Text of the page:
The Next Financial Crisis Might Be in Your Driveway

Bloomberg: “Lured by low interest rates, low gas prices, and a crop of seductive vehicles that are faster, smarter, and more efficient than ever before, American drivers are increasingly riding in style. Don’t be fooled by the curb appeal, though—those swanky machines are heavily leveraged.”

“The country’s auto debt hit a record in the fourth quarter of 2016, according to the Federal Reserve Bank of New York, when a rush of year-end car shopping pushed vehicle loans to a dubious peak of $1.16 trillion. The combination of new car smell and new credit woes stretches from Subarus in Maine to Teslas in San Francisco.”

“Another way to look at: Every licensed driver in the U.S., on average, owes about $6,100 in car payments.”

Why Donald Trump Shouldn’t Neglect ‘Invisible Infrastructure’

Julius Genachowski: “In his early days in office, true to his campaign promises, President Donald Trump is promoting a $1 trillion plan to upgrade the nation’s aging physical infrastructure. To maximize job creation, investment and benefits to all Americans, he should also focus on our ‘invisible infrastructure’ — the unseen airwaves that enable wireless connections.”

U.S. Cities Are Getting Smarter and You Probably Didn’t Even Notice

Quartz: “Trash bins in some airports and streets compost themselves, street lights monitor traffic and parking, and sensors prevent sewers from overflowing into rivers during floods. This kind of ‘smart’ technology, in which basic infrastructure like water, power, transportation, and sanitation is connected to the internet, is being piloted in the US in places like Boston, Massachusetts; Pittsburgh, Pennsylvania; Washington, DC; San Francisco, California; and South Bend, Indiana.”

“The average citizen in those cities may not have noticed the effects because they aren’t as flashy as something like driverless cars, which are now on the road in Pittsburgh and other places.”

Toward a Rust Belt Powerhouse

Jim O’Neill: “Instead of accusing China of undermining US companies’ competitiveness, Trump should be focused on a genuine pro-growth strategy. Such a strategy could follow the British ‘northern powerhouse’ model – which I helped to create as a member of the government – focused on revitalizing the economies of the former heartland of British manufacturing.”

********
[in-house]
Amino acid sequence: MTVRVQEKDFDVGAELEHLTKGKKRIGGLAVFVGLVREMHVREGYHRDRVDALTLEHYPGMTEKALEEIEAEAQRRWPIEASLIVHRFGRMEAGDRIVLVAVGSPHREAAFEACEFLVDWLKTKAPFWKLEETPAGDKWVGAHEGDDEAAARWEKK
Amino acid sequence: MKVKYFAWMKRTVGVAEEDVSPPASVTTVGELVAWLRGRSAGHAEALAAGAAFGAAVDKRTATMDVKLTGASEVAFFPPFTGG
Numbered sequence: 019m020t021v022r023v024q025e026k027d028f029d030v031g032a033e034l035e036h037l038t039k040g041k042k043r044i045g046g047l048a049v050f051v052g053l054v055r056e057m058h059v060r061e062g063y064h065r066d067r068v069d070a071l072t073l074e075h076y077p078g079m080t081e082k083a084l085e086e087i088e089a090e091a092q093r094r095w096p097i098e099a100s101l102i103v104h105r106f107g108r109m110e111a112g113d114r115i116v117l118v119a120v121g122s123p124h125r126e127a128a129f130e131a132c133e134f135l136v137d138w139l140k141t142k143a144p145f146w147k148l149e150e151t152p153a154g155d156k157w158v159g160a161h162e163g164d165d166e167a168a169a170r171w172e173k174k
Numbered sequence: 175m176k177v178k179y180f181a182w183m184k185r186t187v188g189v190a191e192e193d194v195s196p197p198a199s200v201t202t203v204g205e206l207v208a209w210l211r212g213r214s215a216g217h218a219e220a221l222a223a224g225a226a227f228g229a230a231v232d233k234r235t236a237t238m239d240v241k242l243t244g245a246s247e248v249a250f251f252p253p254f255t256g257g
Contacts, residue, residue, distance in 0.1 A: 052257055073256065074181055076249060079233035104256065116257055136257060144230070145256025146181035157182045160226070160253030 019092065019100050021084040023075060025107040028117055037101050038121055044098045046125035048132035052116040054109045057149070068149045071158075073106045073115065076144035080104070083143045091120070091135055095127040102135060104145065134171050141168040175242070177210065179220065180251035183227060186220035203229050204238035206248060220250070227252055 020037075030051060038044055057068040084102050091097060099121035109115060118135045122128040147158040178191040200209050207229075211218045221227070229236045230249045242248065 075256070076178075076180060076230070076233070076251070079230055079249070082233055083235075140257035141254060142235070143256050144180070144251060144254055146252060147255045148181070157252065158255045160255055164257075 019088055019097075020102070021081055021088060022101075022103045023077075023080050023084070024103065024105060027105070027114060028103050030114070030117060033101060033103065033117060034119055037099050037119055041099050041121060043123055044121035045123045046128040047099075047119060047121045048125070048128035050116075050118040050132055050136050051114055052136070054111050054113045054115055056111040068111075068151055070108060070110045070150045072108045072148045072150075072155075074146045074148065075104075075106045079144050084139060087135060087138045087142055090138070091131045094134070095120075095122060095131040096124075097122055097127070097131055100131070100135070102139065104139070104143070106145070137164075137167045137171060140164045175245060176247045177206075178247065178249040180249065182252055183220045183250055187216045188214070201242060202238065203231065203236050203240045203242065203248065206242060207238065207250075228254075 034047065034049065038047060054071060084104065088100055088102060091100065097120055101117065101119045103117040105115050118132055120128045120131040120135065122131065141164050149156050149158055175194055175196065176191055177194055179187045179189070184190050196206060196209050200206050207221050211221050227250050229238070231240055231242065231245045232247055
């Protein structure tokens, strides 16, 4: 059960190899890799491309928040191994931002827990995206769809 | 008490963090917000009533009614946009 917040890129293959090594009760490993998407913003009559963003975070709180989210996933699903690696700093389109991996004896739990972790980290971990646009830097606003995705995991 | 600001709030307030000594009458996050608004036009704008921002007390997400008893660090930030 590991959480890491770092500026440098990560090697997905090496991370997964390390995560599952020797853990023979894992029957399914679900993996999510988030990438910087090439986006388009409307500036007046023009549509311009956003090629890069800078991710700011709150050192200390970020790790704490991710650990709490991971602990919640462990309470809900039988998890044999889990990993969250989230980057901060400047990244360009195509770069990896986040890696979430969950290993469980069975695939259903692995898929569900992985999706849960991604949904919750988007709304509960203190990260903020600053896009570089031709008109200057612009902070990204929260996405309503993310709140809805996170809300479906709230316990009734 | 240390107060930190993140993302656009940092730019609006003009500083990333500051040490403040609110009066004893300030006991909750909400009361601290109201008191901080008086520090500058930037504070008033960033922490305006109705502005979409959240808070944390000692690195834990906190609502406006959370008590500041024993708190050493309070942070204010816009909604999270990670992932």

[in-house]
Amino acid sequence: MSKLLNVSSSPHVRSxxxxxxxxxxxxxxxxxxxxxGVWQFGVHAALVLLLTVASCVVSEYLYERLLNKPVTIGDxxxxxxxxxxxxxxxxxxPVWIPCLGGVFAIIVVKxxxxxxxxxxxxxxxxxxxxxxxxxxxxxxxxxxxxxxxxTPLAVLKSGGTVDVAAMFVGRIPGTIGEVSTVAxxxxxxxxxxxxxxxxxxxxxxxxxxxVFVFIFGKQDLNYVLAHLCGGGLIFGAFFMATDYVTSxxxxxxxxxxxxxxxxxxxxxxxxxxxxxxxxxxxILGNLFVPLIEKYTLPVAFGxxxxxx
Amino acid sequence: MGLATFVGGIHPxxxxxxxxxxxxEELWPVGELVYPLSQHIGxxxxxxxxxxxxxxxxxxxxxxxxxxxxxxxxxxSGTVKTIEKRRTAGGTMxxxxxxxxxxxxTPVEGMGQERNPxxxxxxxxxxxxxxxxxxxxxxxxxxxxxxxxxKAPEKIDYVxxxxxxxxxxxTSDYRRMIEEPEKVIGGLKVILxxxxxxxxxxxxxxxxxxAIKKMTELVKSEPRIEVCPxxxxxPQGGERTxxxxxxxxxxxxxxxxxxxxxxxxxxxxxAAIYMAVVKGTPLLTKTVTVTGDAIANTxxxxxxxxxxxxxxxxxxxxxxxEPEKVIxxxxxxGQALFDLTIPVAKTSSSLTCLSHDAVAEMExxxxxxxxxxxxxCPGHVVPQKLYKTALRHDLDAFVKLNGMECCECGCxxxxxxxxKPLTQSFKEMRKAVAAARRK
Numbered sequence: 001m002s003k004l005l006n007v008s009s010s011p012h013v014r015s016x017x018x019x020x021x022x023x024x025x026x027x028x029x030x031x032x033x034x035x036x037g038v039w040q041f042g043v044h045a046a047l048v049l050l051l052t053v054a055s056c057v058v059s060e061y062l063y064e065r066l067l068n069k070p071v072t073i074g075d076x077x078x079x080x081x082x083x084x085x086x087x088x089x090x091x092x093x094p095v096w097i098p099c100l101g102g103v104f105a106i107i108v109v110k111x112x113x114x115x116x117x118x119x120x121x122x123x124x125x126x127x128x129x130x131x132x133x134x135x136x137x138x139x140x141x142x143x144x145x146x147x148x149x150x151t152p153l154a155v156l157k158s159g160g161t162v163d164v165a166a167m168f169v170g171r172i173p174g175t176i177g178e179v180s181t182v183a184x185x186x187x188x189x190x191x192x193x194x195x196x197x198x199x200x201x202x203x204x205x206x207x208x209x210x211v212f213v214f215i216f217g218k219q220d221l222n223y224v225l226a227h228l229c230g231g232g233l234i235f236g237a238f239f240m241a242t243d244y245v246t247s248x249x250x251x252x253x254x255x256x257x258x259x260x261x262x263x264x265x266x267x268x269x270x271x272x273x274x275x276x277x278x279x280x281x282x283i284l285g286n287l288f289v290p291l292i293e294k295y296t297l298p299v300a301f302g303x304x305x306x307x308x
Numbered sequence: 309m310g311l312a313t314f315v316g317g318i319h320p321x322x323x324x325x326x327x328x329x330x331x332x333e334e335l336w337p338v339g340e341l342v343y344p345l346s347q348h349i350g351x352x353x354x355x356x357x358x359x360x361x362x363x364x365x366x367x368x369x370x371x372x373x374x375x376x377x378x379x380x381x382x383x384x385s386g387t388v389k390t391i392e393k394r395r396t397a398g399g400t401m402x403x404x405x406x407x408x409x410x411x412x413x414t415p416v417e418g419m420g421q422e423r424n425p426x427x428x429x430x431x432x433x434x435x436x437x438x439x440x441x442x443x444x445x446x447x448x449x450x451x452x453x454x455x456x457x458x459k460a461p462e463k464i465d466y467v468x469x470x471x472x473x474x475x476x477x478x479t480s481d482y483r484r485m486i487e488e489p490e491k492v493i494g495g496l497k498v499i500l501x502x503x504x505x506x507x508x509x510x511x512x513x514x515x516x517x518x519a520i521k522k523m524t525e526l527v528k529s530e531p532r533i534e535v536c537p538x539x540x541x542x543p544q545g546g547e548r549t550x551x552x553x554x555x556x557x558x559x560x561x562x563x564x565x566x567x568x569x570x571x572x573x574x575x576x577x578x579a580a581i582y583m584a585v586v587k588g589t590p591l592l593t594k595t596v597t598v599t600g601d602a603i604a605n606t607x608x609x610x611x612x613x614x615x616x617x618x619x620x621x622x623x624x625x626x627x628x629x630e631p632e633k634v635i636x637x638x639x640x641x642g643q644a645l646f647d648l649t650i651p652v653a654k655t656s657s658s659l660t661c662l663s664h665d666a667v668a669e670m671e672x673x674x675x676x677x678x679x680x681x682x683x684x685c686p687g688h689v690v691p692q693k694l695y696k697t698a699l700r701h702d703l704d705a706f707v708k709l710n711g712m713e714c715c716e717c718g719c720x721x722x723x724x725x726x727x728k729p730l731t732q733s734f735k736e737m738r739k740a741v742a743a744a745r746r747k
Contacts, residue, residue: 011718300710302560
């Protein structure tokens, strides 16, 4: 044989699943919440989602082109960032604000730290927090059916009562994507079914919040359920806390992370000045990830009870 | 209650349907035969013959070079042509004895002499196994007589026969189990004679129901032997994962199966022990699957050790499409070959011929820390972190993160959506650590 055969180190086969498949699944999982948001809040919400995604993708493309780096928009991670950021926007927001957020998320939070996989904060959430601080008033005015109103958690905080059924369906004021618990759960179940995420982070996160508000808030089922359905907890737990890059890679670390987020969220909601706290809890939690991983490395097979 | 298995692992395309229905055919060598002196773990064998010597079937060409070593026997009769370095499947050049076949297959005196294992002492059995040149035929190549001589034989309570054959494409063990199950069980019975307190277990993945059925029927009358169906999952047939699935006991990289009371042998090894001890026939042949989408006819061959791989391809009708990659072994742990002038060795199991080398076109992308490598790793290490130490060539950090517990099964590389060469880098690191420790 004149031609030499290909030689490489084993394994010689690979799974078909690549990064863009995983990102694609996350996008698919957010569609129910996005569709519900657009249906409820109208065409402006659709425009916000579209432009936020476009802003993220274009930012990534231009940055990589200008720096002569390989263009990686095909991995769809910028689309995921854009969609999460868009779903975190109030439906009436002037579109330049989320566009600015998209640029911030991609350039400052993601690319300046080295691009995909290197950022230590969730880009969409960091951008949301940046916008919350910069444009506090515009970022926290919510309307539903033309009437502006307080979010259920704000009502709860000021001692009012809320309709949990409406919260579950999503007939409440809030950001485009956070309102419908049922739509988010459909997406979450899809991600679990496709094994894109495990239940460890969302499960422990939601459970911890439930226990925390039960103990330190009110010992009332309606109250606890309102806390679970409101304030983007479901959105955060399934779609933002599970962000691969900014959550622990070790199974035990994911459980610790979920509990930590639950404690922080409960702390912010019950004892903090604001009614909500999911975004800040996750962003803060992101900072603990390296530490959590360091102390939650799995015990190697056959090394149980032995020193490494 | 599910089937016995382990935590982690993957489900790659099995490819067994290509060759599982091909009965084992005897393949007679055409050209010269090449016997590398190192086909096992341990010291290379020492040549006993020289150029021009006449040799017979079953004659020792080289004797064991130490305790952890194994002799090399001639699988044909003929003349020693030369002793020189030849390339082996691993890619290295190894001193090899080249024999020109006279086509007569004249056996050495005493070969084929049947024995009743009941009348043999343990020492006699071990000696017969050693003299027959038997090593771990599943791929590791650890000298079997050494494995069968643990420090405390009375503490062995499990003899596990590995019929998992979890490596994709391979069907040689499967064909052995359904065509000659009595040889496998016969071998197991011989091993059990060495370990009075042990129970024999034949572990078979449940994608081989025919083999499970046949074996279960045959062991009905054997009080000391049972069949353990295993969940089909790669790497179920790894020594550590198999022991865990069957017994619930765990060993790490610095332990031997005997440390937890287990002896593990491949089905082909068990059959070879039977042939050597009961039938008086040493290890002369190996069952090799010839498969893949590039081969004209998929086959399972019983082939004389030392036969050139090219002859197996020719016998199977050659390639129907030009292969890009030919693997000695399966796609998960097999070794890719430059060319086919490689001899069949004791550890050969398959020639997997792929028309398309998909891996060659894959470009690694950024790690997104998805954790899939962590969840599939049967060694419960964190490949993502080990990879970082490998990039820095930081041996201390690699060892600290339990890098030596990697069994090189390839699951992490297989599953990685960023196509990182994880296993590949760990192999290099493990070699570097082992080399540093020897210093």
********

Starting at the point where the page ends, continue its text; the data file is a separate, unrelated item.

“…by linking together major cities – including Manchester, Sheffield, Leeds, and Liverpool – the north could become far more unified, with seven million people acting as a single regional economy, thereby providing many of the agglomeration benefits of major global cities.”

“The northern powerhouse strategy provides valuable lessons for other countries. Already, China is pursuing a similar regional development strategy, aimed at revitalizing its old northern industrial belt, thereby taking some of the pressure off its ultra-dynamic coastal cities. The US should follow suit, with a plan to revitalize the so-called Rust Belt that was integral to Trump’s victory.”

Want to Improve Wind and Solar Power? Bring Them Together.

Ensia: “A handful of enterprising renewable energy developers are now exploring how solar and wind might better work together, developing hybrid solar–wind projects to take advantage of the power-generating strengths of each — with the two technologies in tandem serving as a better replacement for climate-warming fossil fuels than either could be alone.”

“On the rolling plains just west of Australia’s Great Dividing Range, construction is expected to begin on a 10-megawatt solar farm adjacent to 73 wind turbines that are already online. According to the Australian Renewable Energy Agency — ARENA, a governmental agency tasked with increasing deployment of renewable energy — which has invested A$9.9 million in the project a couple hours’ drive southwest of Sydney, the co-location of solar and wind provides more continuous energy generation than having either technology working alone.”

“But that’s not the only benefit. Co-locating wind and solar plants can save money on grid connections, site development and approvals, says ARENA CEO Ivor Frischknecht. By building the Gullen Solar Farm adjacent to the existing wind project, Frischknecht estimates savings as high as A$6 million — reducing the cost of the project by a full 20 percent.”

The Future of American Transportation Is Driverless 

U.S. Secretary of Transportation Anthony Foxx spoke with The Verge about the future of autonomous vehicles.

Foxx: “Early indications are that the first few minutes of a ride in an autonomous car can be pretty scary to people who haven’t been in one before. But people get used to it quickly. People having real-life experiences with the technology will help in the long run. I’m sure that when the horse-and-buggy gave way to the automobile, there was probably an acceptance factor there as well. This is part of the progression of technology and transportation. I believe strongly that in the future, people will trust [autonomous cars]. Self-driving is coming to everything. It’s just a question of what the sequencing is. You’re going to see trucks that are driverless, and ships and trains that have self-driving features.”

How Uber Thinks Its Aircraft Service Will Work

Inverse: “In less than ten years, you won’t have to worry about your Uber getting stuck in traffic — because it will probably be transporting you through the air. Uber announced its plan Wednesday to launch ‘Elevate,’ a system of fully electric aircrafts that could get you from San Francisco to Silicon Valley for the price of an UberX. Uber first announced its plans to launch a flying vehicle within ten years in September, but this is the first time they’ve released any sort of detailed plan for the venture.”